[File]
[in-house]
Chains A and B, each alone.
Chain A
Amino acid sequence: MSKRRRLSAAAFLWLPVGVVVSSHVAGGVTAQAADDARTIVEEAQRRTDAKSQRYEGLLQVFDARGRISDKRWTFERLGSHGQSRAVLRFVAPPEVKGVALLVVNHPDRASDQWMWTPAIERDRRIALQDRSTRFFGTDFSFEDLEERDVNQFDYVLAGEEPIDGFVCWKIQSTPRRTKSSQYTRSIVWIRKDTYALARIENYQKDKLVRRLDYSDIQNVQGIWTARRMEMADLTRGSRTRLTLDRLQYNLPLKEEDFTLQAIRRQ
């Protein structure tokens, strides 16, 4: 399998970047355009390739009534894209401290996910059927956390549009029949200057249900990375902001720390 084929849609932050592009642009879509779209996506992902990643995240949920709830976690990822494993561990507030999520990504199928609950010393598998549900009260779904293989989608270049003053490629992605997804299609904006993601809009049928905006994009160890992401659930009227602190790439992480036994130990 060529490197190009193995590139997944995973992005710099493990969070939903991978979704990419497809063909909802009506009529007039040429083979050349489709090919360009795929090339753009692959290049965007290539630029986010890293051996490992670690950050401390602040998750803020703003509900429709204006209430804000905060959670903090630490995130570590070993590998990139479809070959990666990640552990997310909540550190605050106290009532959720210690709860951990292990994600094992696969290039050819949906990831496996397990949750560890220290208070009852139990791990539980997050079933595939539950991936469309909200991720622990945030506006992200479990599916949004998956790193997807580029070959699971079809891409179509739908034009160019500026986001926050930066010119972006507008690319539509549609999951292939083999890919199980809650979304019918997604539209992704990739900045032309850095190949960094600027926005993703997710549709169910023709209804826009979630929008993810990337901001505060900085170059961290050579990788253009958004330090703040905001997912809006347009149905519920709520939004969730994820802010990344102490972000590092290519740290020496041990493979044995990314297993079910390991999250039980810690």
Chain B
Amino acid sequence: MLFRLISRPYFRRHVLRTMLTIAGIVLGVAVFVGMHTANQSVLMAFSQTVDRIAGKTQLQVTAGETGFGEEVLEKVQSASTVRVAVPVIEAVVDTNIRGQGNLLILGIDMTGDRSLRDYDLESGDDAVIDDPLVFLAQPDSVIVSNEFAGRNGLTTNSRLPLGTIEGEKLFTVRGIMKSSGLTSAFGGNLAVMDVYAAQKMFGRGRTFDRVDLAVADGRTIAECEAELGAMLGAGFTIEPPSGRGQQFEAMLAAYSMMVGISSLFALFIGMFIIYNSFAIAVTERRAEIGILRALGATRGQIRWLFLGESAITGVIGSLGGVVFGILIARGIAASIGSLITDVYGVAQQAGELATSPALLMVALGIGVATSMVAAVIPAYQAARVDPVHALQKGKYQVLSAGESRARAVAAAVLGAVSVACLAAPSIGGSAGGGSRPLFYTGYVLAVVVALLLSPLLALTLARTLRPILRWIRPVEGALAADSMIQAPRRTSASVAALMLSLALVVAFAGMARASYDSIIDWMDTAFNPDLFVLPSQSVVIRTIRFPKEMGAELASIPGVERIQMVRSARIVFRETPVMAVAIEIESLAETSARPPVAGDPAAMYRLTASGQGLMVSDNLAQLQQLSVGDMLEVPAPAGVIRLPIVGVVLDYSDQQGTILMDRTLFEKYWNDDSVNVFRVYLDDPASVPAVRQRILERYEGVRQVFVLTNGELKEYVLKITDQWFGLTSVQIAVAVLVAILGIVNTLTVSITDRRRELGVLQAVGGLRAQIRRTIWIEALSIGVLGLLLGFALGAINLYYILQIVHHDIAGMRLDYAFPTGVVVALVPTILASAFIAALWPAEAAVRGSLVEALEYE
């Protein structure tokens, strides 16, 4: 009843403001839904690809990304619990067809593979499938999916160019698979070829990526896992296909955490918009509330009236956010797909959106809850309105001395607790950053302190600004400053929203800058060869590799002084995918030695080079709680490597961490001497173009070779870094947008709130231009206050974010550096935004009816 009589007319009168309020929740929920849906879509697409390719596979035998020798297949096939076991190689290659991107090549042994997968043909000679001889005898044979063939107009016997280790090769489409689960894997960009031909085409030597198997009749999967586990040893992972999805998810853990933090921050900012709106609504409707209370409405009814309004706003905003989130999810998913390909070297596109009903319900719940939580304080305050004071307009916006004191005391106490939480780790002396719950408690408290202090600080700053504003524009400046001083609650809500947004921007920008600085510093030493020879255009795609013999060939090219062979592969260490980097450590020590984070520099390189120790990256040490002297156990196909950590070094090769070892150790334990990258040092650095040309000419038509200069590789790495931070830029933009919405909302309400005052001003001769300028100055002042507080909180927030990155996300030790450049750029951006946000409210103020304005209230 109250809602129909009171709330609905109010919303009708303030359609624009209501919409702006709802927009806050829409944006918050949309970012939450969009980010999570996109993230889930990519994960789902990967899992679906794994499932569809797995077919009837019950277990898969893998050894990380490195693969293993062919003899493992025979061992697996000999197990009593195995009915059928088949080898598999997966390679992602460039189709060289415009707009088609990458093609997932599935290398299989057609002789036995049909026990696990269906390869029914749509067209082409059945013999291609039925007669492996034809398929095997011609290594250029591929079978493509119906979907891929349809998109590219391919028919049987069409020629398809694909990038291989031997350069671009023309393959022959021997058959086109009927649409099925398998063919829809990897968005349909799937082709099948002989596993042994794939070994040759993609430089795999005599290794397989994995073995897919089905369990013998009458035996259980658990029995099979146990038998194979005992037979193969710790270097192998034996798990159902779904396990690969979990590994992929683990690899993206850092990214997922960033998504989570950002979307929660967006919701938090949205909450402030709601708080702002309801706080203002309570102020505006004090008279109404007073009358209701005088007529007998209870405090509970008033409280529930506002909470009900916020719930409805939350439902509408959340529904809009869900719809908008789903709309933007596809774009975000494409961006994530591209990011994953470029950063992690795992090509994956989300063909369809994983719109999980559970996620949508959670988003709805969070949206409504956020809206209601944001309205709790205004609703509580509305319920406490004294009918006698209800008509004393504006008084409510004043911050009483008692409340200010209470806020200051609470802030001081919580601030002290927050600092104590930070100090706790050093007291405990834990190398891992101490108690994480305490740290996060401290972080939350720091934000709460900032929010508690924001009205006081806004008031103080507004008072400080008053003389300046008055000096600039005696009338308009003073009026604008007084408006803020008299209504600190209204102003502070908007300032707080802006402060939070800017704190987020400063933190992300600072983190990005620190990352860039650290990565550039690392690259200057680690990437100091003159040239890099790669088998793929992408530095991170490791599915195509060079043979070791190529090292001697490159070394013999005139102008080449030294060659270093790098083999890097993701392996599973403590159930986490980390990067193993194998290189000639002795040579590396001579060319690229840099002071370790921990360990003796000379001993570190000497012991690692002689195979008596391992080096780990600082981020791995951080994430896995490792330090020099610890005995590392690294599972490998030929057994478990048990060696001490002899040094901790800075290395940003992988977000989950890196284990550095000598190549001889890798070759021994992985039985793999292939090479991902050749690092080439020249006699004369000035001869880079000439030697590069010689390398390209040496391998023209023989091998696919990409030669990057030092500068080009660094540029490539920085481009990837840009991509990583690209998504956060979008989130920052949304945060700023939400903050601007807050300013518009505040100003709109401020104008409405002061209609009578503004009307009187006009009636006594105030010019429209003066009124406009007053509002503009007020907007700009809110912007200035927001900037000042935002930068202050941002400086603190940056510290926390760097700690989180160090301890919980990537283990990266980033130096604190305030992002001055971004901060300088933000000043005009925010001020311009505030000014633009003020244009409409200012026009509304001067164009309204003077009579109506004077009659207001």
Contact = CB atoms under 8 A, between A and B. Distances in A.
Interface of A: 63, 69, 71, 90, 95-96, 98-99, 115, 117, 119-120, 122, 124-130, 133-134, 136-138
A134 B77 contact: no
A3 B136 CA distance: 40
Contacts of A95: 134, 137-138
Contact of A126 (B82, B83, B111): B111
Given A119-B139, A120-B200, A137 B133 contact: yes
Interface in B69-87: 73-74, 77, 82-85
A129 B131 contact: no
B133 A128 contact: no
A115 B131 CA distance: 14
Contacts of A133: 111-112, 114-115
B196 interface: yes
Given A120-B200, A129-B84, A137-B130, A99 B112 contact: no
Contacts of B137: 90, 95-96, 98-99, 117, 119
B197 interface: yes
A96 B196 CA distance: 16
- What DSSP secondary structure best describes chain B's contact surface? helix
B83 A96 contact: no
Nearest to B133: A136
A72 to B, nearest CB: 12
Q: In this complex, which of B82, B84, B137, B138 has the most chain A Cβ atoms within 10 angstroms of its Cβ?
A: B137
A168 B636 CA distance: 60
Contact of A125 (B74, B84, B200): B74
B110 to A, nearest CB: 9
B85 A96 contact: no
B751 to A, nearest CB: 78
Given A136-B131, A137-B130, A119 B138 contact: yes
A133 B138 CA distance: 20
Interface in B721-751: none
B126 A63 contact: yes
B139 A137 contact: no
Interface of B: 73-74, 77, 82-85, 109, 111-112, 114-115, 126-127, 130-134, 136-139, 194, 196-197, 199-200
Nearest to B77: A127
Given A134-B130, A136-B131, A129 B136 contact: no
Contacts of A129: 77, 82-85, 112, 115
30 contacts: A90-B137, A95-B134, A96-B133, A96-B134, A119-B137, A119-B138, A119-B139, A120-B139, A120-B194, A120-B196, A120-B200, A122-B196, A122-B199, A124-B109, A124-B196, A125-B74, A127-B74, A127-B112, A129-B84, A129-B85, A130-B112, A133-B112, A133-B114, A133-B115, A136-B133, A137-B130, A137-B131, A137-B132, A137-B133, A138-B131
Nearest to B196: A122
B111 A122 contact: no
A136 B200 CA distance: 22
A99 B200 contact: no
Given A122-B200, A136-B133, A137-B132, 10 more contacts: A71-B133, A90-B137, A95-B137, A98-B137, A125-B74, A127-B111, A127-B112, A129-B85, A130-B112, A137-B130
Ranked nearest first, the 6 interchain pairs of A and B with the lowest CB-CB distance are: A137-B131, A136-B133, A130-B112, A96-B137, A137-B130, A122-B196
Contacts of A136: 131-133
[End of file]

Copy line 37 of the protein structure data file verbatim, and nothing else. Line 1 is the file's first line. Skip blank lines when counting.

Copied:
Given A136-B131, A137-B130, A119 B138 contact: yes